Mexico drug war’s latest toll: 49 headless bodies

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The Zetas are a transient gang without real territory or a secure stream of income, unlike Sinaloa, with its lucrative cocaine trade and control of smuggling routes and territory, Mr. Benitez said. But the Zetas are heavily armed while Sinaloa has a weak enforcement arm, he said.

The government’s success in killing or arresting cartel leaders has fractured other once big cartels into weaker, quarreling bands that in many cases are lining up with either the Zetas or Sinaloa. At least one of those two cartels is present in nearly all of Mexico‘s 32 states.

A year ago this month, more than two dozen people — most of them Zetas — were killed when they tried to infiltrate the Sinaloa’s territory in the Pacific Coast state of Nayarit.

But their war started in earnest last fall in Veracruz, a strategic smuggling state with a giant Gulf port.

A drug gang allied with Sinaloa left 35 bodies on a main boulevard in the city of Veracruz in September, and police found 32 other bodies, apparently killed by the same gang, a few days after that. The goal apparently was to take over territory that had been dominated by the Zetas.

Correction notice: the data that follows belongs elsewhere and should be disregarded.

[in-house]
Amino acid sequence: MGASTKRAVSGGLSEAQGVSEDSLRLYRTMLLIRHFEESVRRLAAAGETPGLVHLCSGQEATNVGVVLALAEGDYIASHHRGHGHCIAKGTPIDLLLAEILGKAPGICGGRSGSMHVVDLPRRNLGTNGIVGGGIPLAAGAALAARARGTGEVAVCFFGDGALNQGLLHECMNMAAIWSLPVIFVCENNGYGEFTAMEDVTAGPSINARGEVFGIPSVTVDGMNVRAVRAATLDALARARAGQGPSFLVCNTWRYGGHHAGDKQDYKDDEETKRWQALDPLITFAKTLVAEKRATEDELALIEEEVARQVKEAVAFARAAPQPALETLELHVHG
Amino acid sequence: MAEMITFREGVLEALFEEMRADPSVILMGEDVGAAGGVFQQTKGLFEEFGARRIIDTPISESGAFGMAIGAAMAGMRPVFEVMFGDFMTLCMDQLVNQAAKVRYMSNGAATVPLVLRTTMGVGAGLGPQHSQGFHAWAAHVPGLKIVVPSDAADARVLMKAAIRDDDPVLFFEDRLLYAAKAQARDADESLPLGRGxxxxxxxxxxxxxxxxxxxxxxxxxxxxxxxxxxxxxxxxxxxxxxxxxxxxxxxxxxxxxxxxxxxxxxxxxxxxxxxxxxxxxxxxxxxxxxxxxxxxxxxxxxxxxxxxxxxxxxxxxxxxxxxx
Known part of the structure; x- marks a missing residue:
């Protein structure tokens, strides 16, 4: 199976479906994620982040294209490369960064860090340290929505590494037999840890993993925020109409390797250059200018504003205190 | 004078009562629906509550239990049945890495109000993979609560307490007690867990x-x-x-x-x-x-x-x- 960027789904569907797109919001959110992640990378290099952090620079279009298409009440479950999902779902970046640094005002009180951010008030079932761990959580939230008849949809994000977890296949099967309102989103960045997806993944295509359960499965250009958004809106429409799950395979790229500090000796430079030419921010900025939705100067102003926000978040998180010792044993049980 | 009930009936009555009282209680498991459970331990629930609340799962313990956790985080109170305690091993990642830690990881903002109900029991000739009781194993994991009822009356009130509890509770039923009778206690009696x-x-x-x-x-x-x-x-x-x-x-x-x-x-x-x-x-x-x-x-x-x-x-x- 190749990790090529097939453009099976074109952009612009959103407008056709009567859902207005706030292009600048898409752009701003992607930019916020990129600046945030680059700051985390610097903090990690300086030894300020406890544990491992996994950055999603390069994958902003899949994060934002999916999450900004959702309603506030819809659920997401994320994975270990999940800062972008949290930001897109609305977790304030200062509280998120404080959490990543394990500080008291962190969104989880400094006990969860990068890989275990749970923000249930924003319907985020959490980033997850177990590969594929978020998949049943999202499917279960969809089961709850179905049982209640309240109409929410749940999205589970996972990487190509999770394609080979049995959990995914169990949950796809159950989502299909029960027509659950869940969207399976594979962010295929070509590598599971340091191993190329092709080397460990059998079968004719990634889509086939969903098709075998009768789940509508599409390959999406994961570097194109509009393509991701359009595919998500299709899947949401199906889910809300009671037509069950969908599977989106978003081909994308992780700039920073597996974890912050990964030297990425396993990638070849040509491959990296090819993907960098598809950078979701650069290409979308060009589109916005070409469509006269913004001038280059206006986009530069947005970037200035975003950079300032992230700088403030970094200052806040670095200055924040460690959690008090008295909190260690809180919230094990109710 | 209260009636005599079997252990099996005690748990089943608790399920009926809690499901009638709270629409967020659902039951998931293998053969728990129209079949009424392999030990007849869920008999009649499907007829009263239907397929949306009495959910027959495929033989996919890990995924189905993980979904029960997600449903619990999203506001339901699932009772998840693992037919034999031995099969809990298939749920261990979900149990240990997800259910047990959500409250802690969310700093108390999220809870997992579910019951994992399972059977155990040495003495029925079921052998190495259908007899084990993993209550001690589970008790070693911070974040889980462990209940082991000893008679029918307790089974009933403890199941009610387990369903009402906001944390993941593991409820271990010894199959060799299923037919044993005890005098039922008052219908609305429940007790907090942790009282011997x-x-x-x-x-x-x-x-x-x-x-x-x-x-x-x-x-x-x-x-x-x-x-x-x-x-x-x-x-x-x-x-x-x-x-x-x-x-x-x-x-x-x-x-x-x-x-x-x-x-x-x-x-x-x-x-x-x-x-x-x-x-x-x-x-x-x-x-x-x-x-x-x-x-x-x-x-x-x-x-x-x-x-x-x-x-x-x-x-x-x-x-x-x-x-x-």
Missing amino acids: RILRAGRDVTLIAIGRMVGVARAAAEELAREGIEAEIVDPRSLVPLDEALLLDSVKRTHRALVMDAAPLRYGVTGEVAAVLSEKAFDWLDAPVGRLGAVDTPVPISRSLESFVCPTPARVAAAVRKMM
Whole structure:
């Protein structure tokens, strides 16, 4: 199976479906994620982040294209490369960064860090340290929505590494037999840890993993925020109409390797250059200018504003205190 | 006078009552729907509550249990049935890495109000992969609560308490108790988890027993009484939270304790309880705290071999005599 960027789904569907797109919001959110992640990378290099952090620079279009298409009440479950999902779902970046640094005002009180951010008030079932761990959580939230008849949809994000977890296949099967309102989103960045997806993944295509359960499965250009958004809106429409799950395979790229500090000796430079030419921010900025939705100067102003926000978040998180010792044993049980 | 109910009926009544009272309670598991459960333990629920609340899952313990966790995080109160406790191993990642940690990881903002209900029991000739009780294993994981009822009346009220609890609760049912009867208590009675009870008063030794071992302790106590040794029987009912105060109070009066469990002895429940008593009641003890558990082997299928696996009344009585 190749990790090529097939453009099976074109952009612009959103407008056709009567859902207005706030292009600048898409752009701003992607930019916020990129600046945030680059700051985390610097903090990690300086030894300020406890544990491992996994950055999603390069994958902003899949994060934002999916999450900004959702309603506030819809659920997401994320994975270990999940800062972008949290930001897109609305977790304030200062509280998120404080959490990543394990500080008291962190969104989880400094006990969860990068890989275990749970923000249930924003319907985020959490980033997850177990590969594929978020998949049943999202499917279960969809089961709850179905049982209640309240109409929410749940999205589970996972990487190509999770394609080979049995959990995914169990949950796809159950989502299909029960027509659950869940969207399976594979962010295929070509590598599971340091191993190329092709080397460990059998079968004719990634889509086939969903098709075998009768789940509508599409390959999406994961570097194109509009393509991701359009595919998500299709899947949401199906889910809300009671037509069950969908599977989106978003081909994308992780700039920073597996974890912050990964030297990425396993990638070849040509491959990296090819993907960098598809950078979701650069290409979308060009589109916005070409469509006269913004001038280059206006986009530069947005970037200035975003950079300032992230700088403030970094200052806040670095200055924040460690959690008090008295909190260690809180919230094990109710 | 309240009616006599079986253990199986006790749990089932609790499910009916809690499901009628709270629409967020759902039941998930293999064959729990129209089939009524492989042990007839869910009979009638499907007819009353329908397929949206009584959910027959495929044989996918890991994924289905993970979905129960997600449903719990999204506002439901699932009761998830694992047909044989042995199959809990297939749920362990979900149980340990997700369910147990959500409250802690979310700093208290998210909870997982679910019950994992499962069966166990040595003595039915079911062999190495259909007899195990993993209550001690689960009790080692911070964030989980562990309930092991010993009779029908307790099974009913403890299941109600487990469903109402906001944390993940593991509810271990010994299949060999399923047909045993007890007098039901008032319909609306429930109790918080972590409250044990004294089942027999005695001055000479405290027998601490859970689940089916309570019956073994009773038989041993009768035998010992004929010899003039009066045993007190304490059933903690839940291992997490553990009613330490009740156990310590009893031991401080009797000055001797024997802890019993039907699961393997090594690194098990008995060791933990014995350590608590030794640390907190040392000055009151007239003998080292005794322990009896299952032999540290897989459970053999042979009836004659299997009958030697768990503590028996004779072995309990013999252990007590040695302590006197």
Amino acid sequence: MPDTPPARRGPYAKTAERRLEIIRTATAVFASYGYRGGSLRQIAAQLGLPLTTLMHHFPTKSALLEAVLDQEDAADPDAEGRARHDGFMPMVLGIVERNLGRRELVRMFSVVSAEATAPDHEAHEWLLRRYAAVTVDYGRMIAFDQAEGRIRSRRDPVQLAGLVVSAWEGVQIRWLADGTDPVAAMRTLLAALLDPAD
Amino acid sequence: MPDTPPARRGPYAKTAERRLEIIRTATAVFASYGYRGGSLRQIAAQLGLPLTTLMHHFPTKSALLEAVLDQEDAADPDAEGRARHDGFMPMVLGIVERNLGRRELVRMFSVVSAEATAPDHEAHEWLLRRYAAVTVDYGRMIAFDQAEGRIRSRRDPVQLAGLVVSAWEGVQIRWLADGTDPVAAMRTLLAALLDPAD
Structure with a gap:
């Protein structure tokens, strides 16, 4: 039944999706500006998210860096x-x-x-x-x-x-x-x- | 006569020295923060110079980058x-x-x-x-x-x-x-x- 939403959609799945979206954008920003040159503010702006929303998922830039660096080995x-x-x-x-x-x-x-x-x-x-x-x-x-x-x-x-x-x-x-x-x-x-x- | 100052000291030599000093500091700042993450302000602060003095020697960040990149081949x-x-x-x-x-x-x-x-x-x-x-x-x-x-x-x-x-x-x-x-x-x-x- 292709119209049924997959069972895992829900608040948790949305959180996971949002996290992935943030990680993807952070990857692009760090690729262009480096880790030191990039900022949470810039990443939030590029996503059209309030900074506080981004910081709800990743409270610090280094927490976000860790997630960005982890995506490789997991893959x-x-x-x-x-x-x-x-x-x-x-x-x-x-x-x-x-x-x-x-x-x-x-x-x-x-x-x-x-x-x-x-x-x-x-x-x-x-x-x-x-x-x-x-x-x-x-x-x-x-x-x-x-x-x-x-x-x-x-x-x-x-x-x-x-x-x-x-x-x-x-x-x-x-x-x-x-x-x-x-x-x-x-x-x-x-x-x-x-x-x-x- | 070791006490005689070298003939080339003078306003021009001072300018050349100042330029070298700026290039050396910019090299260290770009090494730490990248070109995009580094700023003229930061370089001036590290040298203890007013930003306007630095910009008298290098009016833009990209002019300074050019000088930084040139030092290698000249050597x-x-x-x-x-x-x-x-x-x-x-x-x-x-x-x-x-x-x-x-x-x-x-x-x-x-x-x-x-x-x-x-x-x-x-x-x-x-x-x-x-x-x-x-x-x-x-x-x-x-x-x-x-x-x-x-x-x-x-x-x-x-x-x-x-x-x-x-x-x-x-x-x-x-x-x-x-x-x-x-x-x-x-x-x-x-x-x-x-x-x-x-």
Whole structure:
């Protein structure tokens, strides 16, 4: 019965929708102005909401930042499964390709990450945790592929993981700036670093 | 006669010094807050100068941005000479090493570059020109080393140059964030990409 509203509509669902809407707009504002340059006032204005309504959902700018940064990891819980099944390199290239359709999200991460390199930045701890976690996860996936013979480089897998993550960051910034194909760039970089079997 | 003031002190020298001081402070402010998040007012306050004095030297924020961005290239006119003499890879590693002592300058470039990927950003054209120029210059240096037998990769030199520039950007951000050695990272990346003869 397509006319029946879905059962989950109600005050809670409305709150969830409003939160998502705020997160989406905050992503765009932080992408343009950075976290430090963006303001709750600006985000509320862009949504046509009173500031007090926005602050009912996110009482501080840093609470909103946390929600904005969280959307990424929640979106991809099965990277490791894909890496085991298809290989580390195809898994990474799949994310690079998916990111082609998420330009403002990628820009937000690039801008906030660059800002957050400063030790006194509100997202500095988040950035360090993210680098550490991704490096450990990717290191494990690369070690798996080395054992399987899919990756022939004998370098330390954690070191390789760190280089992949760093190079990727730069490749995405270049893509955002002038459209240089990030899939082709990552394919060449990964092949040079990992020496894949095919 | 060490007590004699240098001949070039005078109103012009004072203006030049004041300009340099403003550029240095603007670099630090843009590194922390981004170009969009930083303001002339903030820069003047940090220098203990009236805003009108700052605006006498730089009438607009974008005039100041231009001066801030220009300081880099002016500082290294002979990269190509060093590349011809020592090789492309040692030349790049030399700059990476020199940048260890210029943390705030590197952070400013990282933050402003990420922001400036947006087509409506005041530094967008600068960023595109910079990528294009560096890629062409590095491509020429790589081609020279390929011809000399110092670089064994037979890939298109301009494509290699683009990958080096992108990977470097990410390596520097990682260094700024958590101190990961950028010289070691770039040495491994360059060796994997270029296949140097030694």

Twenty-six bodies were found in November in Guadalajara, another territory being disputed by the Zetas and Sinaloa.

Drug violence has killed more than 47,500 people since Mr. Calderon launched a stepped-up offensive when he took office in December 2006.

Mexico is now in the midst of presidential race to replace Mr. Calderon, who by law can’t run for re-election. Drug violence seems to be escalating, but none of the major candidates has referred directly to mass killings. All say they will stop the violence and make Mexico a more secure place, but offer few details on how their plans would differ from Mr. Calderon‘s.

Mr. Benitez said the wave of violence has nothing to do with the presidential election.

“It has the dynamic of a war between cartels,” he said.

Associated Press writer Porfirio Ibarra Ramirez in Monterrey contributed to this report.

Copyright 2014 The Associated Press. All rights reserved. This material may not be published, broadcast, rewritten or redistributed.

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